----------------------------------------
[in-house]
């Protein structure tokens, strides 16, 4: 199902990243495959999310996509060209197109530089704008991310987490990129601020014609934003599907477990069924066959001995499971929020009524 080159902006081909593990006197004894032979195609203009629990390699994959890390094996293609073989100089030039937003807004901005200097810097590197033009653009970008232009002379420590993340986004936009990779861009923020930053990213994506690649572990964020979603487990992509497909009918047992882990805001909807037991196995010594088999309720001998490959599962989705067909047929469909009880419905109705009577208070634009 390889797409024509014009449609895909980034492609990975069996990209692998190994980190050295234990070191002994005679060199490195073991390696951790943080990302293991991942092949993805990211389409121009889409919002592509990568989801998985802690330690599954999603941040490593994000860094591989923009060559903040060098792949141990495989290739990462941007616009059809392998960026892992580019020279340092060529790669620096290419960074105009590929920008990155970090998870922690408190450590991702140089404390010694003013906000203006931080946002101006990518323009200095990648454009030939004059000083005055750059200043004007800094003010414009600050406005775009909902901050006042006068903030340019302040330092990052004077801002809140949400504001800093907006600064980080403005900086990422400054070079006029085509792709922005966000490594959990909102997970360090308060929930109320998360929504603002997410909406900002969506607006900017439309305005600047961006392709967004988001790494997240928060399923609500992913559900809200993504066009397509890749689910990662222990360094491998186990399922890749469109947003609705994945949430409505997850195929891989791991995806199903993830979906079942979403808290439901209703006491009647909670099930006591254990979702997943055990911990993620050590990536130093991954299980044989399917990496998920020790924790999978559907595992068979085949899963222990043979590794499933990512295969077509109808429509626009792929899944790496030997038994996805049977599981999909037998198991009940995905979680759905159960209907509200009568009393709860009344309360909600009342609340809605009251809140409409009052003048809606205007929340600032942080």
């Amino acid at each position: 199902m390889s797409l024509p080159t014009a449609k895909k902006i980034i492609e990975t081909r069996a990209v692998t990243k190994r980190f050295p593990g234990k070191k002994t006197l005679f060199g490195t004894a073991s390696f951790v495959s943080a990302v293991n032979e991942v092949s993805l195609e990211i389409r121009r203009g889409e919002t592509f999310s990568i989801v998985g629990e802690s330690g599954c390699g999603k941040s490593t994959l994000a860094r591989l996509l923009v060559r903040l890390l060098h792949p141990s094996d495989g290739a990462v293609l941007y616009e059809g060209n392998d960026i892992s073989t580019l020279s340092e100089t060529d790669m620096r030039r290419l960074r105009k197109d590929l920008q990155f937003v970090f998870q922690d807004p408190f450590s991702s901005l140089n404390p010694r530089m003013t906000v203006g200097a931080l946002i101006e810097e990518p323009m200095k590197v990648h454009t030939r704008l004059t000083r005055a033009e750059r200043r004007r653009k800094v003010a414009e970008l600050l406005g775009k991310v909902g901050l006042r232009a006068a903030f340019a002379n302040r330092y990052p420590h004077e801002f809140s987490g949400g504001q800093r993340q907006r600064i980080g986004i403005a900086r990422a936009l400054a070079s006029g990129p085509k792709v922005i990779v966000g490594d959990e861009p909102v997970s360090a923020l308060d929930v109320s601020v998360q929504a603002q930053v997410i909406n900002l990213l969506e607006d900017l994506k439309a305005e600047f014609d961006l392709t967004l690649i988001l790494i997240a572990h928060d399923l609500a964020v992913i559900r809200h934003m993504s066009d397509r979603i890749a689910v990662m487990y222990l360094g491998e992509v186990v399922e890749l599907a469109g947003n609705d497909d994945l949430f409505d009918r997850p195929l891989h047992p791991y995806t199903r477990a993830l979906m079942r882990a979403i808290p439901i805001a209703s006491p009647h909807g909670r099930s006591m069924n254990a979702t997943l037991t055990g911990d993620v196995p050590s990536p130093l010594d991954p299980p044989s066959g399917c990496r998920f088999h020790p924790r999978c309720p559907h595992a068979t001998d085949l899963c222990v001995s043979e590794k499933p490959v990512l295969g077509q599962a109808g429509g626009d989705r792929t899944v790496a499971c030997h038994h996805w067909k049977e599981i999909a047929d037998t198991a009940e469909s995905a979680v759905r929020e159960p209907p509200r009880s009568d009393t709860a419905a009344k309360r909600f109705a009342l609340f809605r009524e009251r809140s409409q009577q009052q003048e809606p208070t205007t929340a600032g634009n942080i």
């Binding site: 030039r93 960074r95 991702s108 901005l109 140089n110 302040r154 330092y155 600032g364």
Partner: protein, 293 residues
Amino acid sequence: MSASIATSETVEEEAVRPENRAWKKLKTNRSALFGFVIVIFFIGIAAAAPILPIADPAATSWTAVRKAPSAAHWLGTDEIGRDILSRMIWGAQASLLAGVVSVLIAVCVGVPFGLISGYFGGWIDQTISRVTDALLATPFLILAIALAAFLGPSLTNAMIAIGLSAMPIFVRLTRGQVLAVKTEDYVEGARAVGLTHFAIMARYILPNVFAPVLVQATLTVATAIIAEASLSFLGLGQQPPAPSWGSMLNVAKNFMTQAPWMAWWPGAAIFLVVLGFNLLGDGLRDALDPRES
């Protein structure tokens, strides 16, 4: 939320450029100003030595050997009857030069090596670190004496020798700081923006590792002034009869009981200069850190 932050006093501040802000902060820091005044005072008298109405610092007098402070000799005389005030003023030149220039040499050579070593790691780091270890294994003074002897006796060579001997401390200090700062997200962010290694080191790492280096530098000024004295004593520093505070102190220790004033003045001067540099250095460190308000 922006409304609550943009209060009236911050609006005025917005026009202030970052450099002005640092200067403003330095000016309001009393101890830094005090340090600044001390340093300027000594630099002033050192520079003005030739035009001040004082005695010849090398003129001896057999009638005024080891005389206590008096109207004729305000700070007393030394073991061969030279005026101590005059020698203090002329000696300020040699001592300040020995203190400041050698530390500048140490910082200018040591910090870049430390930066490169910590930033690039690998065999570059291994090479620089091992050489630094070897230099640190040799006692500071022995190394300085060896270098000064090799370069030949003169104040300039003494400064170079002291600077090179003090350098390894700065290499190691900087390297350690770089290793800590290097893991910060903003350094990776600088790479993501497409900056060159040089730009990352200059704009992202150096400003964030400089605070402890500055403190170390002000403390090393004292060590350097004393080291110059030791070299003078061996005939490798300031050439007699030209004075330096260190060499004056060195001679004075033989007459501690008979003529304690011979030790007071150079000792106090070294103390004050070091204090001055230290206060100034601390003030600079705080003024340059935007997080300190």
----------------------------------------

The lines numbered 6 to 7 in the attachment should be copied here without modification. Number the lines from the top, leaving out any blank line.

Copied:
Amino acid sequence: MSASIATSETVEEEAVRPENRAWKKLKTNRSALFGFVIVIFFIGIAAAAPILPIADPAATSWTAVRKAPSAAHWLGTDEIGRDILSRMIWGAQASLLAGVVSVLIAVCVGVPFGLISGYFGGWIDQTISRVTDALLATPFLILAIALAAFLGPSLTNAMIAIGLSAMPIFVRLTRGQVLAVKTEDYVEGARAVGLTHFAIMARYILPNVFAPVLVQATLTVATAIIAEASLSFLGLGQQPPAPSWGSMLNVAKNFMTQAPWMAWWPGAAIFLVVLGFNLLGDGLRDALDPRES
């Protein structure tokens, strides 16, 4: 939320450029100003030595050997009857030069090596670190004496020798700081923006590792002034009869009981200069850190 932050006093501040802000902060820091005044005072008298109405610092007098402070000799005389005030003023030149220039040499050579070593790691780091270890294994003074002897006796060579001997401390200090700062997200962010290694080191790492280096530098000024004295004593520093505070102190220790004033003045001067540099250095460190308000 922006409304609550943009209060009236911050609006005025917005026009202030970052450099002005640092200067403003330095000016309001009393101890830094005090340090600044001390340093300027000594630099002033050192520079003005030739035009001040004082005695010849090398003129001896057999009638005024080891005389206590008096109207004729305000700070007393030394073991061969030279005026101590005059020698203090002329000696300020040699001592300040020995203190400041050698530390500048140490910082200018040591910090870049430390930066490169910590930033690039690998065999570059291994090479620089091992050489630094070897230099640190040799006692500071022995190394300085060896270098000064090799370069030949003169104040300039003494400064170079002291600077090179003090350098390894700065290499190691900087390297350690770089290793800590290097893991910060903003350094990776600088790479993501497409900056060159040089730009990352200059704009992202150096400003964030400089605070402890500055403190170390002000403390090393004292060590350097004393080291110059030791070299003078061996005939490798300031050439007699030209004075330096260190060499004056060195001679004075033989007459501690008979003529304690011979030790007071150079000792106090070294103390004050070091204090001055230290206060100034601390003030600079705080003024340059935007997080300190």